A recently released report from the Government Accountability Office paints a grim picture of workplace culture at the CFPB – an agency that has already been sharply criticized for alleged discrimination against its own employees
The CFPB has come under fire before for what employees and former employees described as a pervasive culture of discrimination and retaliation. In March of last year, the Inspector General of the Federal Reserve audited the agency and made 17 recommendations related to diversity and inclusion. According to the GAO report, the CFPB has failed to complete seven of them. And the results of a GAO survey of CFPB employees “found heightened concerns related to fair treatment, trust that employees can raise concerns without fear of reprisal, confidence in complaint processes, and other matters,” the watchdog reported.
The survey seems to indicate that a culture of discrimination is still a problem at the agency. Nearly one in five employees said they had been discriminated against, and a quarter of black, Asian and female employees surveyed said they had been victims of workplace discrimination at the CFPB.
Among the report’s other findings:
- A quarter or more of respondents in the CFPB’s Office of Consumer Response and Supervision, Enforcement and Fair Lending Division said they’d been discriminated against.
- A third of respondents said they didn’t believe success at the agency was passed more on merit than favoritism. Those results were even higher among black employees (41%) and female employees (37%).
- 71% of survey respondents who’d filed an Equal Employment Opportunity complaint said they didn’t feel that the CFPB management made a good-faith effort to resolve the complaint informally.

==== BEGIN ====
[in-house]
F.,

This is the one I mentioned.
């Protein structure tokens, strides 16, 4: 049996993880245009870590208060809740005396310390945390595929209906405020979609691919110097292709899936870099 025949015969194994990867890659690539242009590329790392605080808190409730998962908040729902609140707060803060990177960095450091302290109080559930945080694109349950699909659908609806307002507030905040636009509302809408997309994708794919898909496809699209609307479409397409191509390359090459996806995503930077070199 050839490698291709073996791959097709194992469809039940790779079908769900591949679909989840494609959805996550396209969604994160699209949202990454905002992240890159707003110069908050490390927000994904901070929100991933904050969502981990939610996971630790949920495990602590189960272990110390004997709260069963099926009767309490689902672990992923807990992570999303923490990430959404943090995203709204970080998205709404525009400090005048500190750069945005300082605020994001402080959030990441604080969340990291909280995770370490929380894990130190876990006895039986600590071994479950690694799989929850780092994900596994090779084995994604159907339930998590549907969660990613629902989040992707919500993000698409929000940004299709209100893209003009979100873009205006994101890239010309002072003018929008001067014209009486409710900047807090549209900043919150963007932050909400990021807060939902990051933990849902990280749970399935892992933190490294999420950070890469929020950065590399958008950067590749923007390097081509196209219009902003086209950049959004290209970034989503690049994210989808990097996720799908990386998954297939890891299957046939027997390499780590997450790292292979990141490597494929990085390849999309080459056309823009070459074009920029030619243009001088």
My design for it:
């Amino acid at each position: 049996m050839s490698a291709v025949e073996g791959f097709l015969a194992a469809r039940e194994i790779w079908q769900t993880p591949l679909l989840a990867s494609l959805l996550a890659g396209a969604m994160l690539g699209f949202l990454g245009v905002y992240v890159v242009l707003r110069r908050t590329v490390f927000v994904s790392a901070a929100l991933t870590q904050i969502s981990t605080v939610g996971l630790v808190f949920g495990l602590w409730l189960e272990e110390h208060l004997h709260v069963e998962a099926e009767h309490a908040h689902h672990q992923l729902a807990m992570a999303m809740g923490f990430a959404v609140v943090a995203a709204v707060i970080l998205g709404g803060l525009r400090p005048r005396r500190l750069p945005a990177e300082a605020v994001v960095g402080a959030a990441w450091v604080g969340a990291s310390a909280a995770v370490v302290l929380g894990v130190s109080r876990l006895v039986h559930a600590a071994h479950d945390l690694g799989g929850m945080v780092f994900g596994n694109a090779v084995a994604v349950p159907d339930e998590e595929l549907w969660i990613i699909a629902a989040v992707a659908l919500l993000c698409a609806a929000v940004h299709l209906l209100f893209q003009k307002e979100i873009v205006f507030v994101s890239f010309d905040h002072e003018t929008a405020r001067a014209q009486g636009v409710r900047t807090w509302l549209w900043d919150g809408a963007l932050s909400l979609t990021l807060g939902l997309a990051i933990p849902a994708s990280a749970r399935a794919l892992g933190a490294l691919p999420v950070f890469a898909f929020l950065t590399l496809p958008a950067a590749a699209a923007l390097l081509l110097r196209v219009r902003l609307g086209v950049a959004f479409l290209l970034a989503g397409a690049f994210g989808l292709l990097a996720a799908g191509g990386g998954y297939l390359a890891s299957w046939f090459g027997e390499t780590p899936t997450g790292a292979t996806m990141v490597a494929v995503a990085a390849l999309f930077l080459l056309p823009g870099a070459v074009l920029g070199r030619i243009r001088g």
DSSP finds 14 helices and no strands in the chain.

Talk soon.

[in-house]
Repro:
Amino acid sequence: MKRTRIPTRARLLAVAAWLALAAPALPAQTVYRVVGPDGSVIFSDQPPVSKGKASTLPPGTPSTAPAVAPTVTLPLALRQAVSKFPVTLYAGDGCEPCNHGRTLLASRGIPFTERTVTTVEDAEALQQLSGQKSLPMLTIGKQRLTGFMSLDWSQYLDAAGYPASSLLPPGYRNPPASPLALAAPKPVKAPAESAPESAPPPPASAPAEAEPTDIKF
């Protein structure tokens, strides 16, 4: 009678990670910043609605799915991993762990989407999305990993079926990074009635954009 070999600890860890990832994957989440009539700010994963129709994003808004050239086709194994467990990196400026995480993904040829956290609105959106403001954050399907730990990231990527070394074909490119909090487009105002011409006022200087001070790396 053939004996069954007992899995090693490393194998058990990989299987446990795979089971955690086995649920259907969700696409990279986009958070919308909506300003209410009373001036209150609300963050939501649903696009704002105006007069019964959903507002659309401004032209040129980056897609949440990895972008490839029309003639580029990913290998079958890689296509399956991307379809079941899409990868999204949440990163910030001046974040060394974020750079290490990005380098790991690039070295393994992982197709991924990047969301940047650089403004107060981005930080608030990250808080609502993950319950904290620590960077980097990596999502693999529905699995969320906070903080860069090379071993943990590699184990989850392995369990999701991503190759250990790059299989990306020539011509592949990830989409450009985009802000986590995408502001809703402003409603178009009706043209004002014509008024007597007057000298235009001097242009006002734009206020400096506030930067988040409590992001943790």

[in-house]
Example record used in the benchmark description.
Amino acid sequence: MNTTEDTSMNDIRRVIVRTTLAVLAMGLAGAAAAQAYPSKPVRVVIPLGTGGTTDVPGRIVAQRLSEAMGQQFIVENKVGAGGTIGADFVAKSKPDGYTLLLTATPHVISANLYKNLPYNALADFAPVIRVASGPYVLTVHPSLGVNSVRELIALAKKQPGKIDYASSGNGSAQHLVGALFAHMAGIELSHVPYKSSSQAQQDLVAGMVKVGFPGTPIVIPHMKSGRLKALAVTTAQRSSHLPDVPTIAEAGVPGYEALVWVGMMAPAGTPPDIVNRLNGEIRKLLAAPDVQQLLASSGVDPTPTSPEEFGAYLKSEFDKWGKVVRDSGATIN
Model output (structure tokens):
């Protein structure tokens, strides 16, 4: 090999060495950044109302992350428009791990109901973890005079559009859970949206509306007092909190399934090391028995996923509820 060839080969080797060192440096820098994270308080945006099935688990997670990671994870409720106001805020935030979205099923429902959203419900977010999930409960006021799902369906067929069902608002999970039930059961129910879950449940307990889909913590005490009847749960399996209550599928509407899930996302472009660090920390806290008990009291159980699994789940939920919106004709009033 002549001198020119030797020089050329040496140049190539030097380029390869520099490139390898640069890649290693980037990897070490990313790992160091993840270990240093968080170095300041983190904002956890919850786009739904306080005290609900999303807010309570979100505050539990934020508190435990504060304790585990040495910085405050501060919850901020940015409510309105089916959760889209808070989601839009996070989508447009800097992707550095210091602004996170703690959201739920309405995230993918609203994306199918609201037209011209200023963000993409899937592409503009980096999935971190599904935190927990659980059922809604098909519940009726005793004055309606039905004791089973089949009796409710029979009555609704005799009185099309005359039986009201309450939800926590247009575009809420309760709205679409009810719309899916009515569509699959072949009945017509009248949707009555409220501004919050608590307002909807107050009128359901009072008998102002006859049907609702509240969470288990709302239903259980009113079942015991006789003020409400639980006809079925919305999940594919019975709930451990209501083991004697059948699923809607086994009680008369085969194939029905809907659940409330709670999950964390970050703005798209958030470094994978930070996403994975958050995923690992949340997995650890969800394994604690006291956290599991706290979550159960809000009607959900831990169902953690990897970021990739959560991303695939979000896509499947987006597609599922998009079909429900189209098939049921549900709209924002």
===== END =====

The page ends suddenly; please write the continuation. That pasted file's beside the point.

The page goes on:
- Several employees cited cases in which a complainant’s privacy was violated when managers, the EEO office or the Office of Human Capital shared private information with people without a need to know about the complaint.
- About half of those who had experience with the EEO process said the CFPB’s Office of Civil Rights was not a neutral party free of conflicting interests.
- 27% said they didn’t think employees felt comfortable raising concerns or disagreeing with superiors without fear of reprisal.
- 28% didn’t have confidence they could pursue a complaint without fear of reprisal.
- About 9% said they had personally been retaliated against.
- About 10% said they had personally observed retaliation against another employee.
- Nearly a quarter said that managers were not held accountable for how they handled employees. That number was even higher in the Office of Consumer Response (33%) the Office of Human Capital (49%) and the SEFL division – where 52% of employees said their managers faced no accountability.
“This report from the nonpartisan GAO confirms that there are serious problems of discrimination and retaliation by managers against employees at the CFPB. This is exactly what multiple whistleblowers told our committee,” Hensarling said Tuesday. “Only one man has the power to fix this immediately, and that’s Richard Cordray.”
Hensarling accused Cordray of making “at best, half-hearted” attempts to deal with the issues raised by the report.
“For at least three years, Mr. Cordray has been presented time and again with evidence that CFPB managers discriminate and retaliate against his employees – from a report the CFPB commissioned in 2013, from whistleblowers, from Congress, from the Federal Reserve’s Inspector General and now from the Government Accountability Office,” Hensarling said. “Why haven’t heads rolled? Instead of trying to sweep this offensive behavior under the rug, why hasn’t Richard Cordray called someone on the carpet? How can employees expect this to stop if no one in management is going to be held accountable?
“There is an alarming lack of accountability at the CFPB,” he continued. “And that’s got to change.”